The Chief Secretary to government, Lloyd Muhara has moved to prevent all government offices from sharing what he calls “sensitive information” without his approval, a way of making this government even less accountable than it currently is.
Muhara’s directive is contained in a memo seen by Nyasa Times to all ministries and departments.
His directive also contravenes Section 11 sub-section 1(c) of the Corrupt Practices Act, which says: “The Director shall require any person in charge of any office or establishment of the Government, or the head, chairman, manager or chief executive officer of any public body or private body or produce or furnish within such time as may be specified by the Bureau, any document or a certified true copy of any document which is in his possession or under his control and which the Bureau considers necessary for the conduct of investigation into any alleged or suspected offence under this Act.”
Muhara is a lawyer by profession and before his appointment to Office and Cabinet, he was aowkring as High Court judge.
His directives comes also after lawyer Shadreck Mhango representing former Ministry of Finance budget director Paul Mphwiyo in a cashgate case, asked Director of Public Prosecutions (DPP) Mary Kachale to serve him with three documents relating to his client’s case.
The documents in question are Treasury Funding Authority Books for the period July to September 2013, Integrated Financial Management Information System (Ifmis) Uploading Records for the same period and minutes of reconciliation meeting between the Reserve Bank of Malawi (RBM) and government team, including Mphwiyo.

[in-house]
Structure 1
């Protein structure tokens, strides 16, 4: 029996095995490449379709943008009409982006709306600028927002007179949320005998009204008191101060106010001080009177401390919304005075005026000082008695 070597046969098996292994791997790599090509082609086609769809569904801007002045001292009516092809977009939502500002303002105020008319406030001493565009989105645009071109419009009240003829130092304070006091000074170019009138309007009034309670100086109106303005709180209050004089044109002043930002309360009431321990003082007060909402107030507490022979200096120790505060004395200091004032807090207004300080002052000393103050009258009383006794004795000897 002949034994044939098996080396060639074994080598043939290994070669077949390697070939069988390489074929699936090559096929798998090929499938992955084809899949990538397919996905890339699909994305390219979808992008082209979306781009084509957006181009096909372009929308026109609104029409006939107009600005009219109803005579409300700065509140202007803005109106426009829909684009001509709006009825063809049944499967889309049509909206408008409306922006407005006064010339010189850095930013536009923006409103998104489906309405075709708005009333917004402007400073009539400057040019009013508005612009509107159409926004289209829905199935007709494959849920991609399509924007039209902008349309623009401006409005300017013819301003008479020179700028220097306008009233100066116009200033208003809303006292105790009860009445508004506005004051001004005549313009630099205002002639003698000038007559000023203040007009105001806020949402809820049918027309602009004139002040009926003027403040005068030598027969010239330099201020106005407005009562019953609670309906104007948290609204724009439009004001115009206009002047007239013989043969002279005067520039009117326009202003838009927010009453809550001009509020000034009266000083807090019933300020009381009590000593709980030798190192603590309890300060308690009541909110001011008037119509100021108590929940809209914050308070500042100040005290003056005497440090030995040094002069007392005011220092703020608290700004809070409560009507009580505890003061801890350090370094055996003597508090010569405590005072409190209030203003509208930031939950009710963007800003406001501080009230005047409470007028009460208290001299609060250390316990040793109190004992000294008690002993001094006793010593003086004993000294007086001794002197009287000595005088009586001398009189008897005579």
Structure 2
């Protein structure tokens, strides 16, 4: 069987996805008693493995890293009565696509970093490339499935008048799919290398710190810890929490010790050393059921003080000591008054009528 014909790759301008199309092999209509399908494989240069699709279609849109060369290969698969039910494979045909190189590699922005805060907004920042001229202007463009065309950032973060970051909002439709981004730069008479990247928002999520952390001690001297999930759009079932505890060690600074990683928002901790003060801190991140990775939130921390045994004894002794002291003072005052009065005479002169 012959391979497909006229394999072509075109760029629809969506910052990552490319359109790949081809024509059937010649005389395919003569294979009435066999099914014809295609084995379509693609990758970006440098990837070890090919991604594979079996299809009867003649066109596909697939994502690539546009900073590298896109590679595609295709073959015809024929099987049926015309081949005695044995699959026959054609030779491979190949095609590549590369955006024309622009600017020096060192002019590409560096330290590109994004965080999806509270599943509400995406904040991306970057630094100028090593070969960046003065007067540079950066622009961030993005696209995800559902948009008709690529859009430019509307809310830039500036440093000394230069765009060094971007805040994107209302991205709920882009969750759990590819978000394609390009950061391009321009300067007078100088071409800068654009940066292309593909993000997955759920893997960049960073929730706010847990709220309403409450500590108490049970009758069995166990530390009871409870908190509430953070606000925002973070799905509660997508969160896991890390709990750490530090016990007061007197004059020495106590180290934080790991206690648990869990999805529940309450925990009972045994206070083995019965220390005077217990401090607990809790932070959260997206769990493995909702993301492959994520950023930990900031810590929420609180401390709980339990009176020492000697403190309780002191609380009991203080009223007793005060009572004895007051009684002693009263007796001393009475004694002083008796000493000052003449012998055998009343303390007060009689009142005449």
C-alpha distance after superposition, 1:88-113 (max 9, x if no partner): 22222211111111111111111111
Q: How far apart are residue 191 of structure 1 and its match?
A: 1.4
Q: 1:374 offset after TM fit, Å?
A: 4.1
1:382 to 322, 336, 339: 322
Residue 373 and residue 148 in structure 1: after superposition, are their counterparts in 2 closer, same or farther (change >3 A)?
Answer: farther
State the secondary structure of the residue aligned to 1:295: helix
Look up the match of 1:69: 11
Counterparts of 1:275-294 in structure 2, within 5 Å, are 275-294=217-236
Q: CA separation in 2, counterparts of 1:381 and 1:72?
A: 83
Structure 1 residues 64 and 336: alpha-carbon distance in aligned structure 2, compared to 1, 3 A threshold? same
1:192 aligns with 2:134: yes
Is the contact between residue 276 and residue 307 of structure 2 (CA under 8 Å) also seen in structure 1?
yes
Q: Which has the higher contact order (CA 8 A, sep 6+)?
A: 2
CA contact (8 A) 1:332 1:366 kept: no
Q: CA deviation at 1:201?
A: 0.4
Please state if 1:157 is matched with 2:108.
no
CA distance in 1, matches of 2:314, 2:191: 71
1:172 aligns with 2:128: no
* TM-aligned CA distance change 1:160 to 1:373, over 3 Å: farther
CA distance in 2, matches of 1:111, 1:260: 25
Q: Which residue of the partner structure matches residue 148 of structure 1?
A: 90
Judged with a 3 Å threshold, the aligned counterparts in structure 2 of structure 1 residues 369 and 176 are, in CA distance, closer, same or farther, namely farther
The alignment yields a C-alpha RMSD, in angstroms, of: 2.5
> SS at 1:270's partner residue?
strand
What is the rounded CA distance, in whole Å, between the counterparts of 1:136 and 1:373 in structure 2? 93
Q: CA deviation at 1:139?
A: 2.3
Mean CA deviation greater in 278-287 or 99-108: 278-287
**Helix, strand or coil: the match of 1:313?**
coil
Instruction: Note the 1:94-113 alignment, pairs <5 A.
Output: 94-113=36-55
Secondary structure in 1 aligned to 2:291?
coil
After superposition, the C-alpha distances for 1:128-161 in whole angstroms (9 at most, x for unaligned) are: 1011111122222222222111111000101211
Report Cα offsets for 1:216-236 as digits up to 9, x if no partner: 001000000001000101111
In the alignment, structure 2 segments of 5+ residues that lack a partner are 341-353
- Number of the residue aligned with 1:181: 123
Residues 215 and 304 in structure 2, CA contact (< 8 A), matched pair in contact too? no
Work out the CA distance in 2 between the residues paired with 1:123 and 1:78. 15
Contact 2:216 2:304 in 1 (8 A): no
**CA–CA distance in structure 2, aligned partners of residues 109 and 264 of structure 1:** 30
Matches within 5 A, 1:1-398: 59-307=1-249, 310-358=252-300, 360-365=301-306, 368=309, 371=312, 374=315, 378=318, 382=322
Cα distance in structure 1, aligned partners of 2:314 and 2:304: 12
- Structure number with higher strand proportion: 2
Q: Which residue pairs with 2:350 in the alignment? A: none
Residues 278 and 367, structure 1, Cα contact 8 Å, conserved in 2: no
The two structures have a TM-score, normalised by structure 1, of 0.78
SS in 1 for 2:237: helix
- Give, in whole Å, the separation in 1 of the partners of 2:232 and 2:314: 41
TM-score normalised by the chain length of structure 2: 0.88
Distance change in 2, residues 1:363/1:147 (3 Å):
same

Mphwiyo’s lawyer argued that Kalonga, a former assistant director in the then Ministry of Tourism and Culture, had made “a lot of serious allegations against the first accused”, which he could not ably tackle in his cross-examination without the documents.
The state is dragging its feet to produce the documents which the defence argue are critical to ensuring a fair trial and that it is also in the interest of justice.
In the case, Mphwiyo and 17 others are charged with conspiracy to defraud government, holding property belonging to government, theft, money laundering, fraudulently issuing 24 cheques worth K2.4 billion, abuse of public office and usage of proceeds of crime.
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